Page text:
Academic journal article Journal of Psychology and Theology

A Mixed-Methods Exploration of Christian Working Mothers' Personal Strivings

Academic journal article Journal of Psychology and Theology

A Mixed-Methods Exploration of Christian Working Mothers' Personal Strivings

Article excerpt

The current study explored the motherhood strivings of 200 Christian professional mothers in the workforce and the strivings' relationship to positive affect, negative affect, satisfaction with life, interrole conflict, and the presence of psychological symptoms, in order to understand the influence of Christian subcultural factors on the experience of working Christian mothers. A mixed-methods study was conducted, including a content analysis informed by grounded theory methodology of the content of the motherhood strivings, and a quantitative analysis of how types of strivings are related to positive affect, negative affect, satisfaction with life, interrole conflict, and the presence of psychological symptoms. Qualitative analysis of the content of the motherhood themes resulted in two predominant themes: motherhood as living up to societal ideals and motherhood as embodiment of personal values. With respect to the quantitative findings, spiritual self-transcendence strivings were negatively correlated with interrole conflict. High-level, abstract strivings were positively correlated with the presence of interrole conflict, and negatively correlated with satisfaction with life. Strivings reflective of the intensive mothering ideology, specifically, the strivings that were reflective of the "entirely child centered" and "assume full responsibility" tenets of intensive mothering, were positively correlated with interrole conflict.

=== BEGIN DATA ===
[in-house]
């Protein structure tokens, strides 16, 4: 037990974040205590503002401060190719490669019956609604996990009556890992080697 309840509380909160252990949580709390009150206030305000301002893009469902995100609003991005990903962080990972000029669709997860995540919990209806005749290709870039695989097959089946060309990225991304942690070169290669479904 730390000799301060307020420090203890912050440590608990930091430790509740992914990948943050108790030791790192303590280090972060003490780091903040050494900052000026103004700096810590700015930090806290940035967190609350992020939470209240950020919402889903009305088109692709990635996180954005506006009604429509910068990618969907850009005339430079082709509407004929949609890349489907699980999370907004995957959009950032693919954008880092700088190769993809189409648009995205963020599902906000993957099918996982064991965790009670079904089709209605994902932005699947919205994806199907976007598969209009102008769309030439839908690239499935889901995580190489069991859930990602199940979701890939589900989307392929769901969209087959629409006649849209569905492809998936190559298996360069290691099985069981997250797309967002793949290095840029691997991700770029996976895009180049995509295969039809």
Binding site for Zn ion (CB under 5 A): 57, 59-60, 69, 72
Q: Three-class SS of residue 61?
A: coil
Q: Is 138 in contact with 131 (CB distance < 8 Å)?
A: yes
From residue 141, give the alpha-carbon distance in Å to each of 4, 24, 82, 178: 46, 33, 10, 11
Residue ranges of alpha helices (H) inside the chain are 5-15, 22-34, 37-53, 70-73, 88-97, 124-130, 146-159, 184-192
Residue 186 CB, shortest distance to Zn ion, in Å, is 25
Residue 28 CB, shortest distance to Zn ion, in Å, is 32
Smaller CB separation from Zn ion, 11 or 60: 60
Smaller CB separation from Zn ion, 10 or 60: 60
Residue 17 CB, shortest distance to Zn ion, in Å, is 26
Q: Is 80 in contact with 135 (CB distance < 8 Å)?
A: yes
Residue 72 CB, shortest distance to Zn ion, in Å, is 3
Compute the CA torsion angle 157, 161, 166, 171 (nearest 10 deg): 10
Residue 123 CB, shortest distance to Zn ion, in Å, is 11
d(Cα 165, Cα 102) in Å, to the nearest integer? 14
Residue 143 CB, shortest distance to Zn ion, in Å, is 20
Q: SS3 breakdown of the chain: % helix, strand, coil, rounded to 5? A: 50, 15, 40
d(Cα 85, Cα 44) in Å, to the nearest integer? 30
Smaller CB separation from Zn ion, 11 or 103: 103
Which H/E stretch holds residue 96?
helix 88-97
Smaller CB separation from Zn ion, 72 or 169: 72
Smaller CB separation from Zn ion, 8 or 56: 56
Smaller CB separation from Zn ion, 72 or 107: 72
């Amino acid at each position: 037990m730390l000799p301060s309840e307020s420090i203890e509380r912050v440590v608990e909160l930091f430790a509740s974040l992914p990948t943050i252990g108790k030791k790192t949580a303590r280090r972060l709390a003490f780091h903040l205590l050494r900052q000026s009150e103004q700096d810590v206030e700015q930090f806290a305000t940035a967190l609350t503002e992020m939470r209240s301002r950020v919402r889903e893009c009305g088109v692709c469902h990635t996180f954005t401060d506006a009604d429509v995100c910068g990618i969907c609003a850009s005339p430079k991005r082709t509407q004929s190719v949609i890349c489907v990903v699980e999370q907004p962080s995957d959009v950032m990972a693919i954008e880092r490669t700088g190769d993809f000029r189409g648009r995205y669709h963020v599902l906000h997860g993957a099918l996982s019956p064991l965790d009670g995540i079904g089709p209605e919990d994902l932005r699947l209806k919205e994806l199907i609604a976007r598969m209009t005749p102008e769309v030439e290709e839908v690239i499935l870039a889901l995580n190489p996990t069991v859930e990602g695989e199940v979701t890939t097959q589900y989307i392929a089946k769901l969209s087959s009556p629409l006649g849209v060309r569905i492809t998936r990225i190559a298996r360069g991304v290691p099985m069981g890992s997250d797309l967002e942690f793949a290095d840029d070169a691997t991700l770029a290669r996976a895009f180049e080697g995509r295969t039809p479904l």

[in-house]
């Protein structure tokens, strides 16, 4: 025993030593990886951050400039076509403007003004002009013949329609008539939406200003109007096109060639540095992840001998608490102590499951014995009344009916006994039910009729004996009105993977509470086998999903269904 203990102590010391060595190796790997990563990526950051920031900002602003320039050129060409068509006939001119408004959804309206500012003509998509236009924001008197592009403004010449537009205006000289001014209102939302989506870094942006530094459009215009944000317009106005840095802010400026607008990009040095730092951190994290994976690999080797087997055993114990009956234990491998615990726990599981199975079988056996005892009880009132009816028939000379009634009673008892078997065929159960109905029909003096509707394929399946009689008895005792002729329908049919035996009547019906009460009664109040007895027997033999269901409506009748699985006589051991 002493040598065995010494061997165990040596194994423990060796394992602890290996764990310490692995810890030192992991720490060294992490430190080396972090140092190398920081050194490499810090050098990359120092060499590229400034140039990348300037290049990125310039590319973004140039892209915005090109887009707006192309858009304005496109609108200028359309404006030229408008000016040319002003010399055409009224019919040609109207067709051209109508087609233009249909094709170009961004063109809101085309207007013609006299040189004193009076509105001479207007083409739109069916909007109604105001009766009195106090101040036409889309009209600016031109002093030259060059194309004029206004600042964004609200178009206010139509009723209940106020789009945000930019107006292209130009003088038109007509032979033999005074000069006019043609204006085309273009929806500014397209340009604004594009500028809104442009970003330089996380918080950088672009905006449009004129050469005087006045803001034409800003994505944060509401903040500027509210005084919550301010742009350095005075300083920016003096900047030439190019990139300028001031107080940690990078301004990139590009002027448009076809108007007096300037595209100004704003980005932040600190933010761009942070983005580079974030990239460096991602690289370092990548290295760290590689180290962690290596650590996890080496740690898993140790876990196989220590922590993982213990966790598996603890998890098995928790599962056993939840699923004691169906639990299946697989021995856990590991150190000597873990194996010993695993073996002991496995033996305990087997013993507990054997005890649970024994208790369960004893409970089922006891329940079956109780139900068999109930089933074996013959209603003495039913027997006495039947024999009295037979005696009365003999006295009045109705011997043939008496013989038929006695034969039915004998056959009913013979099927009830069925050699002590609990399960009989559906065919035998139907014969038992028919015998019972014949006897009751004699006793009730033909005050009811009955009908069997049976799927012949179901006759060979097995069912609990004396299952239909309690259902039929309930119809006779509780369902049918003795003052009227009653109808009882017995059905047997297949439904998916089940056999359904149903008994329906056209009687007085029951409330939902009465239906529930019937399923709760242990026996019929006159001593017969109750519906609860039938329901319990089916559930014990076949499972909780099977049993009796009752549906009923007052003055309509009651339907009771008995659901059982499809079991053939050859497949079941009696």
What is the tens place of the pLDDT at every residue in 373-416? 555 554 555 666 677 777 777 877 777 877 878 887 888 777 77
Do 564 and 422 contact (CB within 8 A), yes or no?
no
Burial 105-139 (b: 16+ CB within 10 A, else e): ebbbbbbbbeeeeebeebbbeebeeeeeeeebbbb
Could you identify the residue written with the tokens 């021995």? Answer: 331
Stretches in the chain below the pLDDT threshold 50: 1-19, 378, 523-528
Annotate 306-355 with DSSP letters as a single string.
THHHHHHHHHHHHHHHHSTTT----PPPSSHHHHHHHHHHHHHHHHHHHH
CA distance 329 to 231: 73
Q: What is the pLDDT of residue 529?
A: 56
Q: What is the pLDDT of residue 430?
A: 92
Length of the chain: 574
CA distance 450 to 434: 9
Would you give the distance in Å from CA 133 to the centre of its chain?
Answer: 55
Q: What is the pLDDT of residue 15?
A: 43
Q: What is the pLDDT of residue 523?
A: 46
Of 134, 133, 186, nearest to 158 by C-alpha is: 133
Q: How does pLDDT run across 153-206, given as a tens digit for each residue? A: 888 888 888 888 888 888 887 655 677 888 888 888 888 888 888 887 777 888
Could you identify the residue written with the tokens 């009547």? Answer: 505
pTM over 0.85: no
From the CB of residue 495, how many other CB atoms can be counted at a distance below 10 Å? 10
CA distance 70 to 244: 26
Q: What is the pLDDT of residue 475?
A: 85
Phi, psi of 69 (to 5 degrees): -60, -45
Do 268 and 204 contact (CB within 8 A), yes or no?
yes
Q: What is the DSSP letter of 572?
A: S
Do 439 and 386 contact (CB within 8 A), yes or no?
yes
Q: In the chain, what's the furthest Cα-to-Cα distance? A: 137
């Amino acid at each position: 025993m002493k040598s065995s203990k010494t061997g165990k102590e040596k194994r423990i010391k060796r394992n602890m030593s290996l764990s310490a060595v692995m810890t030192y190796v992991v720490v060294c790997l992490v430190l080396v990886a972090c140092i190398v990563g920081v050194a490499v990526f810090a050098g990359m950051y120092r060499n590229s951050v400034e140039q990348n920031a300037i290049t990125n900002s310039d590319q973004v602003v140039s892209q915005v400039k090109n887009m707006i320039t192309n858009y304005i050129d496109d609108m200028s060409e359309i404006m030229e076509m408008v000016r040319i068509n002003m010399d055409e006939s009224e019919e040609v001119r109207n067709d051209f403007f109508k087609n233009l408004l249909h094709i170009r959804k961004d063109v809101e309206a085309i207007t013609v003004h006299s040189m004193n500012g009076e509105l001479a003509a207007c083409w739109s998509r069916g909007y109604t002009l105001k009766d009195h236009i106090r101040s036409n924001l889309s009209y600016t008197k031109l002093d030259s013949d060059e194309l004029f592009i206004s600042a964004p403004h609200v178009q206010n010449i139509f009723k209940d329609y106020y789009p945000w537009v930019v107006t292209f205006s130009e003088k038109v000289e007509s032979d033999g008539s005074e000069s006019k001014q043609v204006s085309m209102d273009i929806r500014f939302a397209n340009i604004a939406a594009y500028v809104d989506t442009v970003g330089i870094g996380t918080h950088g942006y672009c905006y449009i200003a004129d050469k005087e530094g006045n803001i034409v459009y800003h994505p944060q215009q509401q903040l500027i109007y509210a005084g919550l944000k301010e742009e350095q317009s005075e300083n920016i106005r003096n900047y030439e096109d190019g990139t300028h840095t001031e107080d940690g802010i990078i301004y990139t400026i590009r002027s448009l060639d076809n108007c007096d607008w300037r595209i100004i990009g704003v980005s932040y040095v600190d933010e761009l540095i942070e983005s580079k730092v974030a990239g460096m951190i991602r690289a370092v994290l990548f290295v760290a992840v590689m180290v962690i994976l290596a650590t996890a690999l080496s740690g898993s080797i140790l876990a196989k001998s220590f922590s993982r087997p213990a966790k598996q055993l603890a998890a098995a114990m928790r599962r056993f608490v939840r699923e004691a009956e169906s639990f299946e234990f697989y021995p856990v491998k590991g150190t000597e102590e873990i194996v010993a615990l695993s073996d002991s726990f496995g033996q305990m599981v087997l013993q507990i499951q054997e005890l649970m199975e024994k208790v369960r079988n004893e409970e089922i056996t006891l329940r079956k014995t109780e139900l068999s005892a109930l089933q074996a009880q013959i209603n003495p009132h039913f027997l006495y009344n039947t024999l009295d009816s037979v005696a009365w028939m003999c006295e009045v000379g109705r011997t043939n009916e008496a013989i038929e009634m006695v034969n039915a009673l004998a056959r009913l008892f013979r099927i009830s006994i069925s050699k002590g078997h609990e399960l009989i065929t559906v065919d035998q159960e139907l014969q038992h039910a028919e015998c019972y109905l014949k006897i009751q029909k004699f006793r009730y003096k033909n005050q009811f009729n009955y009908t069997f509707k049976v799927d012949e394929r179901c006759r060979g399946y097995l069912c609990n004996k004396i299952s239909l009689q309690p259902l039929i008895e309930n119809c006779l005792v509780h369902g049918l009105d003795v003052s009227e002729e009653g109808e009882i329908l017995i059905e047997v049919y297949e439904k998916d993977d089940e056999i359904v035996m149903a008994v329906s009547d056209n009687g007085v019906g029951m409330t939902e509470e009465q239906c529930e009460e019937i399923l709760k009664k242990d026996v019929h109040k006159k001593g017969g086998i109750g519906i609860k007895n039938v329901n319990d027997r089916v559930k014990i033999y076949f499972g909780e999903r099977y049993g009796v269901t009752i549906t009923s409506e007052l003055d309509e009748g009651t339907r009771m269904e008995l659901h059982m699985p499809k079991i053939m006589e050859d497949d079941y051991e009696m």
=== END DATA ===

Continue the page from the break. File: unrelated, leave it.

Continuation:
Recent research on motherhood reveals that the practice of mothering is strongly influenced by contextual factors, as mothers draw on "the social, material and psychic resources available in their external settings, their relationships, their life histories and current experiences" (Elliott, Gunaratnain, Hollway & Phoenix, 2009, p. 19). Two important contextual variables are employment status and religious affiliation. According to a report released by the U.S. Department of Labor Bureau in 2009, 77.5 percent of women with children under the age of 18 are in the labor force. Religion also influences parenting, affecting aspects such as disciplinary attitudes and practices, child abuse, affection toward and monitoring of children, and parental coping in stressful contexts (Mahoney, 2010). Contextual variables also interact with each other. In the case of employment and religion, the intersection is found in the empirical connection between religious participation and an emphasis on marriage, child rearing, and homemaking for women (Hall, Oates, Anderson, & Willingham, in press), resulting in potential tension between religiously-influenced attitudes and employment. In this study, mothering is examined in a sample of Christian professional women, through the study of their mothering goals. These goals provide insight into what these women value, as well as shed light on how their goals may relate to their well-being (Emmons, 1991; Greenfield, Valliant, & Marks, 1989), contributing to our understanding of the influence of Christian subcultural factors on the experience of working Christian mothers. In the following paragraphs, existing research on personal strivings, motherhood ideology, and interrole conflict will be examined as the theoretical foundation for the present study.

Personal Strivings

Personal strivings are individualized goals representing the typical objectives that individuals strive to accomplish in their everyday behavior (Emmons, 1986; see Emmons, 2003 for a review). Strivings are more focused and changeable than implicit motives, yet broader and more stable than specific goals or plans (McClelland, Koestner, & Weinberger, 1989). Properties of personal strivings, such as the value and importance of the strivings, and ambivalence and conflict between strivings, possess considerable value in predicting both psychological and physical well-being (Emmons & King, 1988; Emmons 8c McAdams, 1991). For example, Emmons (1991) found that affiliation strivings (i. …

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